Well, for one, these hst's are very freeform and there is absolutely zero stress over what size they turn out to be. They will be gleefully chopped into submission however best that needs to happen. And these fabrics are fun. I feel lighter already. Funny how new starts will do that to you. I obviously have no shame....

Feel free to hop on over to the AHIQ post post to read more about these two quilts and other projects our group is working on!

Tuesday, June 19, 2018

Finally Getting Quilty 365 Finished!

My quilty 365 quilt is finished. Yay for me! Completely hand quilted of course, how could I do otherwise with this particular quilt? It's become a favorite of favorites, representing a year in the life of my long-lived quilting journey. This project was started in October of 2015 and early the next month I invited others to join me in the fun.
The center of Quilty 365
Some eagerly jumped right in and others waited for the new year to start. It was a roller coaster sort of project, but always intriguing to imagine the end result. So many different options when we all considered layout!
A year long journey!
There were so many gorgeous and super unique quilts made from this prompt that it just blew our minds. Creativity should never be surprising, but somehow most of us never expected the many and varied variations. How could such a simple idea explode into so many different interpretations? Too, I was always sort of bemused that as many quilters choosing to play along as did. Many dropped out as the linkup continued on, but there were a few determined gals who made it all the way to the quilt top stage! {And others who finished later or broke it down into smaller blocks and finished more than one!} A dedicated year long project is hard to maintain....
So glad to see the value changes...
My circles started out as offerings from the overflowing scrap bin, but later on, moved into more snazzy choices from the stash totes. There are a few repeats when it comes to the scrap bin circles, but nothing very obvious. Basically, the scrap bin got booooring so it was time to try something different. And then later, I realized that I absolutely adored the scrappy circles, even more so than the solid fabric ones. Huh. How's that for being obstinate....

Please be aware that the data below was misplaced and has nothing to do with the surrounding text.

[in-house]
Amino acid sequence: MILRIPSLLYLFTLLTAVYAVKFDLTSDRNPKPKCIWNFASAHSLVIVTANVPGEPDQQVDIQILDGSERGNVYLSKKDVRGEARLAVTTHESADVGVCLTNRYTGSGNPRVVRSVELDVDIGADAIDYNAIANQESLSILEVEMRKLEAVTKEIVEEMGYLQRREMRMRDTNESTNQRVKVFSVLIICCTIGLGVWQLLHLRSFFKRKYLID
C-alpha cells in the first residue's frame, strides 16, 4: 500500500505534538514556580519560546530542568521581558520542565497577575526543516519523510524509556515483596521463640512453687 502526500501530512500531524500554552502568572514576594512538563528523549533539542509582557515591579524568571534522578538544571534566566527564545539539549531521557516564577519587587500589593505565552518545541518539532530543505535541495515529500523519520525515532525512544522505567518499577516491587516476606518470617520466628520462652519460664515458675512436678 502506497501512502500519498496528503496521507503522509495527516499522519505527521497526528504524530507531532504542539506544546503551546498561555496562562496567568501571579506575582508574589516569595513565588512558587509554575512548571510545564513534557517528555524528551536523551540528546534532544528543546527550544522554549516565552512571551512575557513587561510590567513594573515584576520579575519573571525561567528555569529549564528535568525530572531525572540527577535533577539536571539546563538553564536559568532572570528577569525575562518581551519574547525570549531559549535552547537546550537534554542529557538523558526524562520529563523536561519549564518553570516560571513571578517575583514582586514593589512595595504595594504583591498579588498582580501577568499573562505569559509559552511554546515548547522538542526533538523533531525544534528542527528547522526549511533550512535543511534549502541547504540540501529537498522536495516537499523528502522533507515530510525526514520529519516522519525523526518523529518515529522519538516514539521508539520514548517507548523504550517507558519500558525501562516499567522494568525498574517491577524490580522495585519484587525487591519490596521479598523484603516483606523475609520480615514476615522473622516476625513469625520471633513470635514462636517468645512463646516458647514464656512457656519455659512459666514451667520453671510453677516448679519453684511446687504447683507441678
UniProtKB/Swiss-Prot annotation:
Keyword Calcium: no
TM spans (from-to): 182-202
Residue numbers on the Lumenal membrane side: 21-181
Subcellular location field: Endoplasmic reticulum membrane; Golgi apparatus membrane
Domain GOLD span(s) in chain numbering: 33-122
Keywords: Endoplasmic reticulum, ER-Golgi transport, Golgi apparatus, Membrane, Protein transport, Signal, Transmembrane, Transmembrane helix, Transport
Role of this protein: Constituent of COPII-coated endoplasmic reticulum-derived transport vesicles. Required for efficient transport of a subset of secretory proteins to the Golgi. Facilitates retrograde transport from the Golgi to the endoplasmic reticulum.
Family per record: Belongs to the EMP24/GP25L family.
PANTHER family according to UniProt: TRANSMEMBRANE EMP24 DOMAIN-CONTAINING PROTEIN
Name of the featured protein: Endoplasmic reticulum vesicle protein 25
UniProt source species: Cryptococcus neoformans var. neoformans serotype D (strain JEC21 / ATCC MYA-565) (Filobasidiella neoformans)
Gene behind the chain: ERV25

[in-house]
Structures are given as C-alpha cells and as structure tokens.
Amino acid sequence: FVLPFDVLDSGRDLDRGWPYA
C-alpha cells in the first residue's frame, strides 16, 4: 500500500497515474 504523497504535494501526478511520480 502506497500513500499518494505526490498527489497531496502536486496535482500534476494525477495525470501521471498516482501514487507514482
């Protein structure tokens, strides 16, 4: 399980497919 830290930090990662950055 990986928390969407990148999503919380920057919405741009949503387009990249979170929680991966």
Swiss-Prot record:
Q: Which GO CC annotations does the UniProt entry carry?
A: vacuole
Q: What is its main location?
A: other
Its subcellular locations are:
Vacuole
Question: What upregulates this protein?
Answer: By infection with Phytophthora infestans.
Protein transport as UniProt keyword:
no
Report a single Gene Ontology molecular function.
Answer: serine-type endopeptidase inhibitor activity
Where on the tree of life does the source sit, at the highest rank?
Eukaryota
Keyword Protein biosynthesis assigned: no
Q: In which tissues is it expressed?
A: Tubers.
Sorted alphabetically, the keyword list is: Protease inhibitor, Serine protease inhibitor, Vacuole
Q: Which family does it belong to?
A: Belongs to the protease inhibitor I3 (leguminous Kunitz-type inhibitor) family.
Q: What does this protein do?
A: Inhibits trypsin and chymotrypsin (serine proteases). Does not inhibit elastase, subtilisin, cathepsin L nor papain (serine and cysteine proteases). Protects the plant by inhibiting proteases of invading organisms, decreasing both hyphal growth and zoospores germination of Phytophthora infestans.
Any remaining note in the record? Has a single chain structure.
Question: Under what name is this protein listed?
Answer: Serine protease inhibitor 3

And the darker border....
Somewhere towards the end of the year, I took a month or so and started choosing greens and blues with a black background. Just for the comfort and serenity of working with greens and blues and also, to limit my choices. I love how that ended up being a focal point of the quilt, adding some excellent value and depth {plus a nifty border look{, but also, creating a space for the center to react to and glow. Don't you just love a good glow in a quilt?

Quilty 365 feels like a good finish!
Who knew my quilt could end up so very happy looking? If you look closely there are definitely circles that are very dull and dreary looking, no doubt representing a day that was quite glum. That was one thing I never worried excessively about, whether or not all the colors and fabrics would play nicely together at the end. Somehow I felt confident that it would end up looking the way it was meant to be. Warts and all, this is real life embedded deeply into my quilt! And yes, it was leap year, so there's actually 366 circles in all. The name 'Quilty 365' was never meant to say anything other than 'this is my quilty year'.
Vintage Red getting close to a finish....
Now I have another quilt {Vintage Red} with the binding sewn on by machine and ready for that final hand stitching. It will be the 8th finish of the year, which does feel pretty good.
Hey Grandma next up in the hoop!
 As all of you know, I can't bear for the hoop to be empty for long. After an annoying session of sandwiching and pinning last week, I'm finally looking down at 'Hey Grandma' in the hoop. I went ahead and stitched in the ditch {with my trusty Bernina} between all the blocks and now I'm coming back and doing some hand quilting around the applique.
A good place for hand stitching...
It's not nearly as exciting a quilt as the previous two, but it does have its own charm and whimsy. Working with color is always extremely fascinating to me, but as usual, using a predominance of greens continues to mystify. I just haven't found the secret of secrets yet. Must be why I keep giving all the quilts heavy on greens away! Once I finally get it right, you can believe that I will melt into a big 'ol squishy marshmallow--probably feel very proprietary and never, ever give that particular quilt away....